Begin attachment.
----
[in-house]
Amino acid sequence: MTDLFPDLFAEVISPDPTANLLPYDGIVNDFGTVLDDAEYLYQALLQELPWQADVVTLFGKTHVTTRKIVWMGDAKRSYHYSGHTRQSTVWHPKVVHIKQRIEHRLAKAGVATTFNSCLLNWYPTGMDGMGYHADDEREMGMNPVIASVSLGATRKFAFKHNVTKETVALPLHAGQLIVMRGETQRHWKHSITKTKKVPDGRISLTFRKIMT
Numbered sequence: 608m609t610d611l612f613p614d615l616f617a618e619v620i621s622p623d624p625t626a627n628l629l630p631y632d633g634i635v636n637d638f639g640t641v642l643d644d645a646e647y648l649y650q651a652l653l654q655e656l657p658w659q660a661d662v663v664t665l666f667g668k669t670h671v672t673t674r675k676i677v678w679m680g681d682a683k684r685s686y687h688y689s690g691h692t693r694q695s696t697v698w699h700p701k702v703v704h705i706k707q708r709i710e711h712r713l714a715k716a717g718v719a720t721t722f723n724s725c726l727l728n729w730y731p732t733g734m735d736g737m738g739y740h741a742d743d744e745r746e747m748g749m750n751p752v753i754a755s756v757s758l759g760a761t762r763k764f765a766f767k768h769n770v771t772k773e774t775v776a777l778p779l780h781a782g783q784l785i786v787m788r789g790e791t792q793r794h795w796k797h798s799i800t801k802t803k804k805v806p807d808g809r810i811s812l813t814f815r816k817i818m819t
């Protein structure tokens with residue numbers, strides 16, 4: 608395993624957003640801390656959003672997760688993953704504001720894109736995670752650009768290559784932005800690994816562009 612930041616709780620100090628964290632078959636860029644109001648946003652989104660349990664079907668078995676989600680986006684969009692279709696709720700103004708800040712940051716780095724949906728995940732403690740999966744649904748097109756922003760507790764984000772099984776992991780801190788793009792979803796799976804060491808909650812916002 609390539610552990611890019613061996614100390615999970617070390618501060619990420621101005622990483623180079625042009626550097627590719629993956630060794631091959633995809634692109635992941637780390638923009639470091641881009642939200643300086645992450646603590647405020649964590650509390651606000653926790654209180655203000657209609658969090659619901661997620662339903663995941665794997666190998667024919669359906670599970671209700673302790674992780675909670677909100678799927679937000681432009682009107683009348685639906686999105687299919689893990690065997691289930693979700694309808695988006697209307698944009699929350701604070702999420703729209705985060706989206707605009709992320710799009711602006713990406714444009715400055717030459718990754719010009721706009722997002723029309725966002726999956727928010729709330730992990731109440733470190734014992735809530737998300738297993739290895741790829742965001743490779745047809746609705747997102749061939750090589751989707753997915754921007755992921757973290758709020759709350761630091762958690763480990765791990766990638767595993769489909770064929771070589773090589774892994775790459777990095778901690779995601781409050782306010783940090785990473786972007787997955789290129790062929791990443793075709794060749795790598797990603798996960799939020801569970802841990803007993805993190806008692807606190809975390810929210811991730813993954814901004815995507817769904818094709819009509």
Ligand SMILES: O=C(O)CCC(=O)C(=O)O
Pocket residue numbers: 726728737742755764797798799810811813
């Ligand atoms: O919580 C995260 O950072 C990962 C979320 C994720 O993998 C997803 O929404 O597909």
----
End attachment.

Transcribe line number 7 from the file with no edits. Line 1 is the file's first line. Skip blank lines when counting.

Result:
């Ligand atoms: O919580 C995260 O950072 C990962 C979320 C994720 O993998 C997803 O929404 O597909």